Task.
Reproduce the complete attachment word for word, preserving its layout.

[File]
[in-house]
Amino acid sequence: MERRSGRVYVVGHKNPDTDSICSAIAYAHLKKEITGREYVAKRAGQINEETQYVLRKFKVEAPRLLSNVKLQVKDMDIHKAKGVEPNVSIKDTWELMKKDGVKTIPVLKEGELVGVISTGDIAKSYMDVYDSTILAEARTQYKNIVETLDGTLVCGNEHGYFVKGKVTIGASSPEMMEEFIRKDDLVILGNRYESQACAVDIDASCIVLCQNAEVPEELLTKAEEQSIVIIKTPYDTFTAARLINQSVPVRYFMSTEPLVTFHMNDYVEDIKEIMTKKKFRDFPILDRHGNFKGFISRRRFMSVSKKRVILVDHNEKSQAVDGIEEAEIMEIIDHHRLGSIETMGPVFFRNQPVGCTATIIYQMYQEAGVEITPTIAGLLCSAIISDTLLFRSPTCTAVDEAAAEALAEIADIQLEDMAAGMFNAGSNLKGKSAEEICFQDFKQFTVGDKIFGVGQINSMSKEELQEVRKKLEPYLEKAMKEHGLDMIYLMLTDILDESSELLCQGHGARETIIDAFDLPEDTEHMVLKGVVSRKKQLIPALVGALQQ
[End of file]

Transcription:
[in-house]
Amino acid sequence: MERRSGRVYVVGHKNPDTDSICSAIAYAHLKKEITGREYVAKRAGQINEETQYVLRKFKVEAPRLLSNVKLQVKDMDIHKAKGVEPNVSIKDTWELMKKDGVKTIPVLKEGELVGVISTGDIAKSYMDVYDSTILAEARTQYKNIVETLDGTLVCGNEHGYFVKGKVTIGASSPEMMEEFIRKDDLVILGNRYESQACAVDIDASCIVLCQNAEVPEELLTKAEEQSIVIIKTPYDTFTAARLINQSVPVRYFMSTEPLVTFHMNDYVEDIKEIMTKKKFRDFPILDRHGNFKGFISRRRFMSVSKKRVILVDHNEKSQAVDGIEEAEIMEIIDHHRLGSIETMGPVFFRNQPVGCTATIIYQMYQEAGVEITPTIAGLLCSAIISDTLLFRSPTCTAVDEAAAEALAEIADIQLEDMAAGMFNAGSNLKGKSAEEICFQDFKQFTVGDKIFGVGQINSMSKEELQEVRKKLEPYLEKAMKEHGLDMIYLMLTDILDESSELLCQGHGARETIIDAFDLPEDTEHMVLKGVVSRKKQLIPALVGALQQ